Close this search box.

Tourist resort – Hotel Mediteran

Ulcinj, Montenegro
Type of objectTourist
Project outcomeRealization

By creating better material conditions for market-oriented tourism, in the early 1960s in the tourist areas of Yugoslavia, several significant realizations of tourist facilities were created, which gave impetus to future mass tourist construction, including the complex of a new tourist settlement in Ulcinj (Montenegro), designed by Zloković in collaboration with the architect’s son Đorđe Zloković and daughter Milica Mojović. The settlement was built on a steep slope above the sea, which affected the contour of their transverse profile, and in addition, it was entirely aimed at preserving the existing trees, as an important element of the authentic ambience. Therefore, one of the basic features of this settlement is the urban disposition of hotel facilities. A road passes by the settlement, which connects it with the secluded center of Ulcinj. The arrangement of the terrain – landscape between the buildings is adjusted to the positions of the buildings, so that part of the ground floor is partially cascaded with the help of stone borders and sustaining walls and embankments. Stairs that are pulled out of the hotel buildings from the outside, in addition to access to the apartments, also enable communication around the buildings, thus creating a unique system of movement through the settlement. In addition to the functional significance, a special ambient character of the densely built agglomeration on the slope by the sea was formed, which gives a reminiscence of the old Mediterranean settlements. The settlement consists of seven three-storey buildings with a total capacity of 480 beds. In six buildings, one-bedroom apartments with bathrooms and loggias have been designed, which are oriented towards the coast and the old Ulcinj Fortress, while in the seventh building here are single and double bedrooms and separate block with toilets and bathrooms. The structure is typified with transverse load-bearing walls. In all three spatial directions, modular coordination was applied using a project module of 6 M = 60 cm, via a discontinuous design network. This system also enabled fast construction, so the entire complex was completed in less than seven months, despite the then weak traffic connections. The gable walls of the hotel buildings are lined with natural stone with inserted insulation between the stone and the walls, made of hollow prefabricated concrete blocks.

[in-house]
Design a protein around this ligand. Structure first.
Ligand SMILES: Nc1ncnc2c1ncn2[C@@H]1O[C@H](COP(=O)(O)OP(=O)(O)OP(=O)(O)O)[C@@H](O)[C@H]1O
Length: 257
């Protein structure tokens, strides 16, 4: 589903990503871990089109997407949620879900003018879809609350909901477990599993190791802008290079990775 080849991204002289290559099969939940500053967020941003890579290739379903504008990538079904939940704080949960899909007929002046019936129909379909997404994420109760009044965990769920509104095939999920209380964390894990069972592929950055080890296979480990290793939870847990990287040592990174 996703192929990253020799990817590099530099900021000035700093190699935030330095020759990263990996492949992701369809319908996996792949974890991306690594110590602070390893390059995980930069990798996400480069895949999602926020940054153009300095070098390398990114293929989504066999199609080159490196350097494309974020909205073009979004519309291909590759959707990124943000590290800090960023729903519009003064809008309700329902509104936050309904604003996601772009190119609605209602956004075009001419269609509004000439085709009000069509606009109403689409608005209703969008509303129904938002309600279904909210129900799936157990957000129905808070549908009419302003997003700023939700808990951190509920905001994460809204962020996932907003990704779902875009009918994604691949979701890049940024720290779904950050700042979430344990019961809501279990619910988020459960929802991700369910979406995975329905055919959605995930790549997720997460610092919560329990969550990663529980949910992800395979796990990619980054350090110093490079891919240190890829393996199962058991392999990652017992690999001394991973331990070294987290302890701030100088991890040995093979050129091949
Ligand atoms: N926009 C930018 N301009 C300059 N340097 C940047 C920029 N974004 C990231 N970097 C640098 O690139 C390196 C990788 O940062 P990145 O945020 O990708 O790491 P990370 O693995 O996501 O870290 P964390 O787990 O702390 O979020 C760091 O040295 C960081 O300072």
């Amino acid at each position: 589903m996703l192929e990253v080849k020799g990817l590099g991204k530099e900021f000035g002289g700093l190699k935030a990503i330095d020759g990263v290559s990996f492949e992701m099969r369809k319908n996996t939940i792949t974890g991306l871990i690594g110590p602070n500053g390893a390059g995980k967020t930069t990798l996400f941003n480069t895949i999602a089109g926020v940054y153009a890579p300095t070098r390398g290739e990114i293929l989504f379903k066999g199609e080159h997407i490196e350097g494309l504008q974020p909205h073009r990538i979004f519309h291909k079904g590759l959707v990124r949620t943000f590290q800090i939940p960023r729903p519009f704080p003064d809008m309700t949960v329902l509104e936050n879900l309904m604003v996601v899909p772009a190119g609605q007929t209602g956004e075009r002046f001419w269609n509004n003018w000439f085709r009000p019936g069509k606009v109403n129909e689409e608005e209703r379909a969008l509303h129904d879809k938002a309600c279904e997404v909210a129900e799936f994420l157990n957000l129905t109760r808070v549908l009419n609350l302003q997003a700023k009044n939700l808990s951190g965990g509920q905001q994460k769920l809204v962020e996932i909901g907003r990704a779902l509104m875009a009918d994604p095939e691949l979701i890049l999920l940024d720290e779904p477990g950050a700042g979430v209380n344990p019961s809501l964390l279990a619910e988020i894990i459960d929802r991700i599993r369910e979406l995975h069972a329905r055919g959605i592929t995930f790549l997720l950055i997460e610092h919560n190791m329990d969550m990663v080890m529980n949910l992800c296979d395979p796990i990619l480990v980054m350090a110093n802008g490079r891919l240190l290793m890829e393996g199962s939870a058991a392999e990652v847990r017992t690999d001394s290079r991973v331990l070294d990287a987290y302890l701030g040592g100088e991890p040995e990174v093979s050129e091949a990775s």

See more projects

With the reconstruction of the country after the First World War, the railway in the Kingdom of Serbs, Croats and Slovenes became the main means of transport and the initiator of modernization. The construction of new railway routes that connected populated areas, such as the Adriatic route, which was in the focus of the professional public, initiated the construction of smaller station buildings, for which Zloković, in response to outdated projects which "reflected the indifference of the traffic administration", typical solutions of simple refined architecture.
Belgrade, Serbia
The project for the Pantheon, the temple of all gods, Zloković worked on for the needs of the state exam, that is, for the purpose of acquiring the professional authorization of an architect. In the evolution of Zloković's path to modernism, several projects of historicist evocation stand out with elements from the national architectural history and a vocabulary of romantic and expressionist orientations.
Belgrade, Serbia
Kralja Milutina 33
Among several residential buildings designed for the Belgrade investor and owner Josif Šojat, an interpolated multi-storey building (residential building with rented apartments) in 33 Kralja Milutina Street stands out, with which Zloković brought the spirit of Mediterranean profane architecture into the Vračar city agglomeration, making several form gestures atypical for the previous Belgrade architecture.
Greece, Thessaloniki
The Serbian military cemetery in Thessaloniki, built in the area of Zejtinlik (former Turkish market) where the Main Military Hospital for the Serbian Army has been located since 1916. and which included a cemetery for deceased fighters, was designed with the idea of burying in a common cemetery for all the fallen warriors on the Thessaloniki front.